People differ in their values, or what is most important to them for building job satisfaction and fulfillment.

Compared to most people, those working as a Fire Chief tend to value Independence, Support, and Achievement.

Most importantly, Fire Chiefs strongly value Independence. Occupations that satisfy this work value allow employees to work on their own and make decisions.

Second, Fire Chiefs strongly value Support. Occupations that satisfy this work value offer supportive management that stands behind employees.

Lastly, Fire Chiefs strongly value Achievement. Occupations that satisfy this work value are results oriented and allow employees to use their strongest abilities, giving them a feeling of accomplishment.

Psychological Demands

Each occupation brings its own set of psychological demands, which describe the characteristics necessary to perform the job well.

In order to perform their job successfully, people who work as Fire Chiefs must consistently demonstrate qualities such as dependability, integrity, and leadership.

Below, you'll find a list of qualities typically required of Fire Chiefs, ranked by importance:

Job requires being reliable, responsible, and dependable, and fulfilling obligations.
Job requires being honest and ethical.
Job requires a willingness to lead, take charge, and offer opinions and direction.
Stress Tolerance
Job requires accepting criticism and dealing calmly and effectively with high-stress situations.
Job requires being open to change (positive or negative) and to considerable variety in the workplace.

What education and training do Fire Chiefs need?

Fire Chiefs often have training in vocational schools, related on-the-job experience, or an associate's degree.

Fire Chiefs usually need one or two years of training involving both on-the-job experience and informal training with experienced workers. A recognized apprenticeship program may be associated with this occupation.

Educational degrees among Fire Chiefs

  • 0.7% did not complete high school or secondary school
  • 12.3% completed high school or secondary school
  • 31.3% completed some college coursework
  • 22.0% earned a Associate's degree
  • 25.3% earned a Bachelor's degree
  • 7.7% earned a Master's degree
  • 0.7% earned a doctorate or professional degree

Knowledge and expertise required by Fire Chiefs

Fire Chiefs may benefit from understanding of specialized subject areas, such as public safety and security, customer and personal service, or administration and management knowledge.

The list below shows several areas in which most Fire Chiefs might want to build proficiency, ranked by importance.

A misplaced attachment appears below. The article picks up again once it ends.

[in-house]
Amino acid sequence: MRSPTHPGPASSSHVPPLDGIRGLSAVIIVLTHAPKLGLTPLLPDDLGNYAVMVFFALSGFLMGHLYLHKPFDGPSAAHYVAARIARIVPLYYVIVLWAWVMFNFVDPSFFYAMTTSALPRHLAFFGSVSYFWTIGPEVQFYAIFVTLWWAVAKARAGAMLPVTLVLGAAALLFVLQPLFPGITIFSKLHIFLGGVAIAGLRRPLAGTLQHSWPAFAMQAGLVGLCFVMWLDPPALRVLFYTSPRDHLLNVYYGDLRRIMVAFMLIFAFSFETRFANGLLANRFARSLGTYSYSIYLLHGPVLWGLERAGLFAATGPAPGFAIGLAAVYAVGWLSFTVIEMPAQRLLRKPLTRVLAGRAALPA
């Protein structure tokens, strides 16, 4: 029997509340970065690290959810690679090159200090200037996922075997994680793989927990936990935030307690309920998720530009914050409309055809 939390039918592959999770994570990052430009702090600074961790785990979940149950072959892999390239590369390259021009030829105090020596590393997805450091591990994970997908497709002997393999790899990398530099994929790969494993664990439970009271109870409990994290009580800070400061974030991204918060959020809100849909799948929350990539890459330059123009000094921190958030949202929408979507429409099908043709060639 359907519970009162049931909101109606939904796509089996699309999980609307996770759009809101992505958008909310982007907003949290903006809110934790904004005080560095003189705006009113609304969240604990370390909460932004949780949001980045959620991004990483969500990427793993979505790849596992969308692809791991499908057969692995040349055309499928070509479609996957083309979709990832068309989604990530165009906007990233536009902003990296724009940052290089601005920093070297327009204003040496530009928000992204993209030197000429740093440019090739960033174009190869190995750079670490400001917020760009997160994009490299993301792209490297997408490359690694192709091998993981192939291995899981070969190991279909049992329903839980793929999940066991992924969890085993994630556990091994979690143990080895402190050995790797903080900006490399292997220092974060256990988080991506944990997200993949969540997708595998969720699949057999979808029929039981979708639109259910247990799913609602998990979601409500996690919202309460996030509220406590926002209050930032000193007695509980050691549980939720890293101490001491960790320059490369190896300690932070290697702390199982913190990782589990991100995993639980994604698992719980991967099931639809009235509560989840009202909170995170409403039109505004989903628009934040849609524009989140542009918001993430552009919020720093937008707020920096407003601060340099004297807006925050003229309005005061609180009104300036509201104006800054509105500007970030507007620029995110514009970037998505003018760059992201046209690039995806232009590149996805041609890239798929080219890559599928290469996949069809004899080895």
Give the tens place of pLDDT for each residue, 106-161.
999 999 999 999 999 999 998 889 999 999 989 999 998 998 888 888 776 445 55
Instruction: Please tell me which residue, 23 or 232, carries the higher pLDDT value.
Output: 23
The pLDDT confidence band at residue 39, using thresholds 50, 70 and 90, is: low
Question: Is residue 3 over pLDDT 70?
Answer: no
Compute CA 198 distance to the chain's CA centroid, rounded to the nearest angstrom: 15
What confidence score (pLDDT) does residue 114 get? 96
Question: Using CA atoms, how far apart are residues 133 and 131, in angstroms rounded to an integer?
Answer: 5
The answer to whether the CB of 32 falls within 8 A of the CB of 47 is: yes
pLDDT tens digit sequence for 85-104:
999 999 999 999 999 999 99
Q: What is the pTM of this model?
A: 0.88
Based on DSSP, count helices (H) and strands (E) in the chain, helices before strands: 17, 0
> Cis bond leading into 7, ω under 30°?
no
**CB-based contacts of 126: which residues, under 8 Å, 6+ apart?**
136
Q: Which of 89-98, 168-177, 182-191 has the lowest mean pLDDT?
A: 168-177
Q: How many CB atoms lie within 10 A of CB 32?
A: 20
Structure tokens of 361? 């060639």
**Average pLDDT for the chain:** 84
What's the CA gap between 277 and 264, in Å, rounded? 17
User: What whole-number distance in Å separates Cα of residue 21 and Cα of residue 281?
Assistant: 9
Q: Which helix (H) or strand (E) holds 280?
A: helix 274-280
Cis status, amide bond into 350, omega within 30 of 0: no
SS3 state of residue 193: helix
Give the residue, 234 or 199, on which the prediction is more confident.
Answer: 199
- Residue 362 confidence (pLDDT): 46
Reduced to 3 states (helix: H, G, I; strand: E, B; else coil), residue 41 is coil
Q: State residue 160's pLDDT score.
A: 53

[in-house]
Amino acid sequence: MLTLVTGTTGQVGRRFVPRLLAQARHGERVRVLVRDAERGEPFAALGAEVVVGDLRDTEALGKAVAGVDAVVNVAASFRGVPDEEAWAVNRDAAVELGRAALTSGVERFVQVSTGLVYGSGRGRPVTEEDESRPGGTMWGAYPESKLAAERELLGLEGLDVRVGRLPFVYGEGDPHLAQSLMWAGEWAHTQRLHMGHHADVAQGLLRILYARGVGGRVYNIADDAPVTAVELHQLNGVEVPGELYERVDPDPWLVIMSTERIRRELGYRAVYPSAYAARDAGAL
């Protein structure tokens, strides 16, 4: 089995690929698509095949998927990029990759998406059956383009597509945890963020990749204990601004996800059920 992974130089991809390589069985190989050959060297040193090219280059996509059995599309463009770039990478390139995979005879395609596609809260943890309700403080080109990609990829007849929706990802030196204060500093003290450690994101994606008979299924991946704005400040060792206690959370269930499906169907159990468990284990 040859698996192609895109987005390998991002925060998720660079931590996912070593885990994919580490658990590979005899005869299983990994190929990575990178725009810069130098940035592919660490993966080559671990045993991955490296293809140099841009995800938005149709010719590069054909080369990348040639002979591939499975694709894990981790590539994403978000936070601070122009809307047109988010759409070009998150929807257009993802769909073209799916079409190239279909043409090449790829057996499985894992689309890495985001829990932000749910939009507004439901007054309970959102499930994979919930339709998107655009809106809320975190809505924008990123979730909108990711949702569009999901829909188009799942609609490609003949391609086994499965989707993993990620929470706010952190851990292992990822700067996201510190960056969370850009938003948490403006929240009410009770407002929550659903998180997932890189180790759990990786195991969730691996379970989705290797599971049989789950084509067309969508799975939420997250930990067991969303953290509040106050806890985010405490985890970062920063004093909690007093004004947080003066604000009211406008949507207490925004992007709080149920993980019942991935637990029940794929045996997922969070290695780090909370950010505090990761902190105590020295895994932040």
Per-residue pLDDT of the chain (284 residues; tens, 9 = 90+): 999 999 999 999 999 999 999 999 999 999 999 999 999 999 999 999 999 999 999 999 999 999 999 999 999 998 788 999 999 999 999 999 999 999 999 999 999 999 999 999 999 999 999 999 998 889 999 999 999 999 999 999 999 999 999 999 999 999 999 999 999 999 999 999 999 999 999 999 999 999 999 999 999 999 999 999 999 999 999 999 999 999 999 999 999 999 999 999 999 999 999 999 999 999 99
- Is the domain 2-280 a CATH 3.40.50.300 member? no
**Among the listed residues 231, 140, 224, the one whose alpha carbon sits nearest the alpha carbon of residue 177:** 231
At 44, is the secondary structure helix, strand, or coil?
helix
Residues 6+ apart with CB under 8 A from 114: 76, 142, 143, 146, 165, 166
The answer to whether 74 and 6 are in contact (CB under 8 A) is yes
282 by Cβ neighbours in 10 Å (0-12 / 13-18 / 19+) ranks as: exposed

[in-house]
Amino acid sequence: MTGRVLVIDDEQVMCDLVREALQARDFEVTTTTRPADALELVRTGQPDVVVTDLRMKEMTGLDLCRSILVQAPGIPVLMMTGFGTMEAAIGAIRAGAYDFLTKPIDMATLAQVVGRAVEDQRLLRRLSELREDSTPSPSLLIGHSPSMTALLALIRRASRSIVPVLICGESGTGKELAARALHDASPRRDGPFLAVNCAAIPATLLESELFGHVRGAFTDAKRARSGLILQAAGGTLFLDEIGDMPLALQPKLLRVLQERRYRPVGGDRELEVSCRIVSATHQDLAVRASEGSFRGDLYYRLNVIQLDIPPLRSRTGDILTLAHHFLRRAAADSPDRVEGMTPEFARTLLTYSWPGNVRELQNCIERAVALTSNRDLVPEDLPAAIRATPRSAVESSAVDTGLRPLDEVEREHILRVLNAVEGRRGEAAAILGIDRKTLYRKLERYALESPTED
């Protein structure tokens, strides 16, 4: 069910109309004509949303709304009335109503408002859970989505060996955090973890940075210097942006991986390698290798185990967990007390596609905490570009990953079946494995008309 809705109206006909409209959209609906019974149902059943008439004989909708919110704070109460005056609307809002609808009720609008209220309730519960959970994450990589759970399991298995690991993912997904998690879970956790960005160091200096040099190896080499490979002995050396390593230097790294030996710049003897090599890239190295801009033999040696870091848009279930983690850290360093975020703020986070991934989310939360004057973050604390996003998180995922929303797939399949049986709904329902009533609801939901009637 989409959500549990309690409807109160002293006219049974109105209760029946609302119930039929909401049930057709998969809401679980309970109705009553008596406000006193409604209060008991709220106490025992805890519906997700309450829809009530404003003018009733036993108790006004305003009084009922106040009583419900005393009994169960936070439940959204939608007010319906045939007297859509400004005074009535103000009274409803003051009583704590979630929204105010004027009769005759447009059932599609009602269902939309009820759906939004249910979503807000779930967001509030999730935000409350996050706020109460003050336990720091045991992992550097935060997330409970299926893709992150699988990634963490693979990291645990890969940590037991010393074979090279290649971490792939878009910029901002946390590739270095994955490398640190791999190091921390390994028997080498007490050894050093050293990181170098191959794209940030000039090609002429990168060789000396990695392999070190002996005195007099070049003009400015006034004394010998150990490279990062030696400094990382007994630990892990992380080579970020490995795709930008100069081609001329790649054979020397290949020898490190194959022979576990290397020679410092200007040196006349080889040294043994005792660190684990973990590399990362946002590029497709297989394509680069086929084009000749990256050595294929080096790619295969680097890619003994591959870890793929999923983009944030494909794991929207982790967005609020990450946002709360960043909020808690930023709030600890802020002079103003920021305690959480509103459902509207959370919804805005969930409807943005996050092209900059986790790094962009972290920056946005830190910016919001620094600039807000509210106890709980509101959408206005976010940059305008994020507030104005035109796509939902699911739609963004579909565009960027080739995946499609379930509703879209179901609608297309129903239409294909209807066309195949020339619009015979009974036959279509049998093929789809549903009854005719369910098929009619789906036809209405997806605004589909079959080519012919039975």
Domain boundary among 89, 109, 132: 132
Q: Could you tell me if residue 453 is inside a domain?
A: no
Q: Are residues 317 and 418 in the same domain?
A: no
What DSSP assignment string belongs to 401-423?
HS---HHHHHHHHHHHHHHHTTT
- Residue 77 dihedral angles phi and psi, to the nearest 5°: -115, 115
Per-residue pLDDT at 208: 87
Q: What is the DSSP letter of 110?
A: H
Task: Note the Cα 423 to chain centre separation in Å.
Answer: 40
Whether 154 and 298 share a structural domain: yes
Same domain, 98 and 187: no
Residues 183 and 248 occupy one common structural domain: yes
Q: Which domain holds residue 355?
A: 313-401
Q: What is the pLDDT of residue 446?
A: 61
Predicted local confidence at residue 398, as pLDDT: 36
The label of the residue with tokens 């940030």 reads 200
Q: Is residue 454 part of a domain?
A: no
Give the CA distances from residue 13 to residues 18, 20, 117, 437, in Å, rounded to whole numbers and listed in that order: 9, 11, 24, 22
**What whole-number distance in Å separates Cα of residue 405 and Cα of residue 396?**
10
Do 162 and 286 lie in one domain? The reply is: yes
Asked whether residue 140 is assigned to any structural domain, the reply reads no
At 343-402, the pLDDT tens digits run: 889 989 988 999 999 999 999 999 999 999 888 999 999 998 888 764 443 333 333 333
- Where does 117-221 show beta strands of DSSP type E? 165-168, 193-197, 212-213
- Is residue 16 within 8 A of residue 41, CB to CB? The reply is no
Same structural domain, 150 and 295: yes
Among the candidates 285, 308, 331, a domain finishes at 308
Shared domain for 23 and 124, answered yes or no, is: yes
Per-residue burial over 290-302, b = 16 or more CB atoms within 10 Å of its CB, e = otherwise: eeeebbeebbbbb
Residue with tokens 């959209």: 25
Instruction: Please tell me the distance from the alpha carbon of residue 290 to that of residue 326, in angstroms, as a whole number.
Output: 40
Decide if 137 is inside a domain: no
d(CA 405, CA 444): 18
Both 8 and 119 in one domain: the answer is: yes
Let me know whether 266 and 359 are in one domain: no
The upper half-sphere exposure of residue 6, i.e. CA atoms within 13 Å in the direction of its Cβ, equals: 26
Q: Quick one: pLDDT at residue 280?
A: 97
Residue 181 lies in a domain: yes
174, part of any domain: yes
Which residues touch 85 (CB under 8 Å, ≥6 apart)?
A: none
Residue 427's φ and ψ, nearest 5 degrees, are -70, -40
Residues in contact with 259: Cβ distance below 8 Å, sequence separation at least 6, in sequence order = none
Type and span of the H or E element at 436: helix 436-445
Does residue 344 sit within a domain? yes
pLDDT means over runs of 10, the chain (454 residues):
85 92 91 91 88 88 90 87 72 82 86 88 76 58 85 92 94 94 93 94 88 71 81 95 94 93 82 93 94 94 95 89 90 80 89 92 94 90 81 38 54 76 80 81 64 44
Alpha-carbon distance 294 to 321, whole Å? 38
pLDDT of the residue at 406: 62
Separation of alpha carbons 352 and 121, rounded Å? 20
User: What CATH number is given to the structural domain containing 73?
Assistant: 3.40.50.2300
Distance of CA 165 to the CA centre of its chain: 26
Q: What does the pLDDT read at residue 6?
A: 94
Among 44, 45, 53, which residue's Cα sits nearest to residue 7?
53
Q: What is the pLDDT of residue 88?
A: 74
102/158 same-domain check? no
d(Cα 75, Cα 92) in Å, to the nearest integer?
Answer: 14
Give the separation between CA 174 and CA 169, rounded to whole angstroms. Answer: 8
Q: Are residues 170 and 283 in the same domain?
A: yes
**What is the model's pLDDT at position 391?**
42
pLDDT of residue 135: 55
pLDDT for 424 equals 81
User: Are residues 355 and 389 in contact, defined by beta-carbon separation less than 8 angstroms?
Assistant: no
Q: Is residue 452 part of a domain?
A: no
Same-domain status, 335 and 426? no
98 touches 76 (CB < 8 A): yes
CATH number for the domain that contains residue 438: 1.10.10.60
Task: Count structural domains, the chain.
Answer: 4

Public Safety and Security
Knowledge of relevant equipment, policies, procedures, and strategies to promote effective local, state, or national security operations for the protection of people, data, property, and institutions.
Customer and Personal Service
Knowledge of principles and processes for providing customer and personal services. This includes customer needs assessment, meeting quality standards for services, and evaluation of customer satisfaction.
Administration and Management
Knowledge of business and management principles involved in strategic planning, resource allocation, human resources modeling, leadership technique, production methods, and coordination of people and resources.
Education and Training
Knowledge of principles and methods for curriculum and training design, teaching and instruction for individuals and groups, and the measurement of training effects.
Personnel and Human Resources
Knowledge of principles and procedures for personnel recruitment, selection, training, compensation and benefits, labor relations and negotiation, and personnel information systems.

Important Abilities needed by Fire Chiefs

Fire Chiefs must develop a particular set of abilities to perform their job well. Abilities are individual capacities that influence a person's information processing, sensory perception, motor coordination, and physical strength or endurance. Individuals may naturally have certain abilities without explicit training, but most abilities can be sharpened somewhat through practice.

For example, Fire Chiefs need abilities such as problem sensitivity, oral comprehension, and oral expression in order to perform their job at a high level. The list below shows several important abilities for Fire Chiefs, ranked by their relative importance.

Problem Sensitivity
The ability to tell when something is wrong or is likely to go wrong. It does not involve solving the problem, only recognizing that there is a problem.
Oral Comprehension
The ability to listen to and understand information and ideas presented through spoken words and sentences.
Oral Expression
The ability to communicate information and ideas in speaking so others will understand.
Deductive Reasoning
The ability to apply general rules to specific problems to produce answers that make sense.
Inductive Reasoning
The ability to combine pieces of information to form general rules or conclusions (includes finding a relationship among seemingly unrelated events).

Critical Skills needed by Fire Chiefs

Skills are developed capacities that enable people to function effectively in real-world settings. Unlike abilities, skills are typically easier to build through practice and experience. Skills influence effectiveness in areas such as learning, working with others, design, troubleshooting, and more.

Fire Chiefs frequently use skills like critical thinking, monitoring, and speaking to perform their job effectively. The list below shows several critical skills for Fire Chiefs, ranked by their relative importance.

Critical Thinking
Using logic and reasoning to identify the strengths and weaknesses of alternative solutions, conclusions, or approaches to problems.
Monitoring/Assessing performance of yourself, other individuals, or organizations to make improvements or take corrective action.
Talking to others to convey information effectively.
Active Listening
Giving full attention to what other people are saying, taking time to understand the points being made, asking questions as appropriate, and not interrupting at inappropriate times.
Adjusting actions in relation to others' actions.

What is the source of this information?

The information provided on this page is adapted from data and descriptions published by the U.S. Department of Labor, Employment and Training Administration under the CC BY 4.0 license. TraitLab has modified some information for ease of use and reading, and the U.S. Department of Labor, Employment, and Training Administration has not approved, endorsed, or tested these modifications.

If you have any questions or suggestions about this information, please send a message.